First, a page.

These strategies were complemented by our applied climate science estimating what the future may hold for our watersheds and ecosystems. This work included estimating the impact climate change would have on increased fire frequency and extent – work we expanded from Pepperwood to the region via collaborations with CAL FIRE, CDFW, Sonoma County’s natural resources agencies, Marin Municipal Water District, Napa County, the North Coast Resource Partnership, OneTam, the Bay Area Open Space Council (now Together Bay Area), the Santa Cruz Mountains Stewardship Network, the Golden Gate Biosphere Network, and others. These projections were published just in advance of the advent of mega-fires in our region.

In 2017, 90% of the preserve burned in the Tubbs Fire. In 2019, 60% of the preserve burned again in the Kincade Fire. Situated in the heart of a wildfire corridor, our ecologists pioneered methods for post-fire assessments, gathering a trove of data regarding fire impacts and the efficacy of previous forest treatments. Meanwhile, our private donors sponsored research and development projects that allowed us to demonstrate how to use new airborne laser data sets to locate hazardous fuels, now a statewide standard advanced via our Wildfire Fuel Mapper tool hosted by UCANR. Pepperwood became deeply engaged in advancing our community’s situational awareness around wildfires. This work is highlighted in the video below.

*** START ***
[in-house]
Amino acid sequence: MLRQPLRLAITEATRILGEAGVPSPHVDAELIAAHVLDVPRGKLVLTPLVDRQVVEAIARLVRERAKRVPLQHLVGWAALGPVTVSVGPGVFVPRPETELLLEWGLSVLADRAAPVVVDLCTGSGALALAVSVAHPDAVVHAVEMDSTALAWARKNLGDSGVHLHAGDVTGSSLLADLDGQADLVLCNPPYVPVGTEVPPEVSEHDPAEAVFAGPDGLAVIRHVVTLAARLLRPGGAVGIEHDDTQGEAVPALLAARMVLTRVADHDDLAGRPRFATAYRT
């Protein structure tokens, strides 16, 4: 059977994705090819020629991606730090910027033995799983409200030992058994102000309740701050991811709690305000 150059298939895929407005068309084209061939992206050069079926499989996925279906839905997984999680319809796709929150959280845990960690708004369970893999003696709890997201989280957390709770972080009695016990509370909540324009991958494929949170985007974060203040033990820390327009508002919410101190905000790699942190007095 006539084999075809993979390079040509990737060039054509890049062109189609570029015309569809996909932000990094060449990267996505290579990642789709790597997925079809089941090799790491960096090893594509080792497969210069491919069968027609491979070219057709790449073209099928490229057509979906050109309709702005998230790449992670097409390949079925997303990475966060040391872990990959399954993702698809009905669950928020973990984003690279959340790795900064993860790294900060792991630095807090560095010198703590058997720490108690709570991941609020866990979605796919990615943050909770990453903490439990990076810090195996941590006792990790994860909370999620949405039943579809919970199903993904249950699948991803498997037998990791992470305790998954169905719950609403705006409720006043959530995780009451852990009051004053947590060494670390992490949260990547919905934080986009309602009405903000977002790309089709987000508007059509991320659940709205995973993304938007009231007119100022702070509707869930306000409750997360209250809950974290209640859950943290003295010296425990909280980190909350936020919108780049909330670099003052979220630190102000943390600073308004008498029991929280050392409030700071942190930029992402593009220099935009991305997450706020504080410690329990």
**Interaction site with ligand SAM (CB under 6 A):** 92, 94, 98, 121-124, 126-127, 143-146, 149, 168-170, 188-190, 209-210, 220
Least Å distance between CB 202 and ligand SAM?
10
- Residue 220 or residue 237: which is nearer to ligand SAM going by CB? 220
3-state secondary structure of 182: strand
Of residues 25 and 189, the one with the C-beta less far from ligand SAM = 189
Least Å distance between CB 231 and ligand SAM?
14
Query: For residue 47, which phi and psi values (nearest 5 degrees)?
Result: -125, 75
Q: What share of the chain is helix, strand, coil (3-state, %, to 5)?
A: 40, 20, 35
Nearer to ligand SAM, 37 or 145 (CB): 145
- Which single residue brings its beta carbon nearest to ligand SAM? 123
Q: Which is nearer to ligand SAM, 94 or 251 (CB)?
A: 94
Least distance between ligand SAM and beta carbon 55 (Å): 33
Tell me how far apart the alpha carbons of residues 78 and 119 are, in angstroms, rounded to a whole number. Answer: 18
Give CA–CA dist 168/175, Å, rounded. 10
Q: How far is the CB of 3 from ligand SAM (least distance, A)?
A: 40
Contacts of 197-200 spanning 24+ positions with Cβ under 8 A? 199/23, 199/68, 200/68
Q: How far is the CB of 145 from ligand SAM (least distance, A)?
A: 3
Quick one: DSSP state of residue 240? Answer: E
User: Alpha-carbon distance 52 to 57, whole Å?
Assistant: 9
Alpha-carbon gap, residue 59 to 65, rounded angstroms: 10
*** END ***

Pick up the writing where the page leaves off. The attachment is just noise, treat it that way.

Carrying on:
It’s impossible to capture all the highlights of this era and all the people involved in those triumphs without whom we would not have made this incredible progress. The biggest surprise to me was how important Pepperwood became in the wake of the megafires, and then the shadow of the pandemic, for community public health and personal healing from trauma. As these crises broke down the silos between different branches of community service, including environment, public health, emergency response, and the economic well-being of our local families, our team made Pepperwood a place where people could touch the earth and find new hope for the future. In particular, our educators went above and beyond flexing their creativity, and bilingual and technical skills to keep our local kids, and their teachers and parents, in connection with nature as a healing resource.

The new generation of science and education leaders at Pepperwood are ready to guide Pepperwood’s next stage of evolution. They will continue the tradition of responding to the needs of our community and building on your support, your creativity, and your passion for ensuring nature thrives in harmony with future generations. I stand by to serve as a champion and ally in this new chapter, promoting Pepperwood worldwide as a demonstration site for science- and community-based climate resilience.

With appreciation,

Lisa Micheli, PhD

Pepperwood Foundation
President and CEO, October 2009-April 2024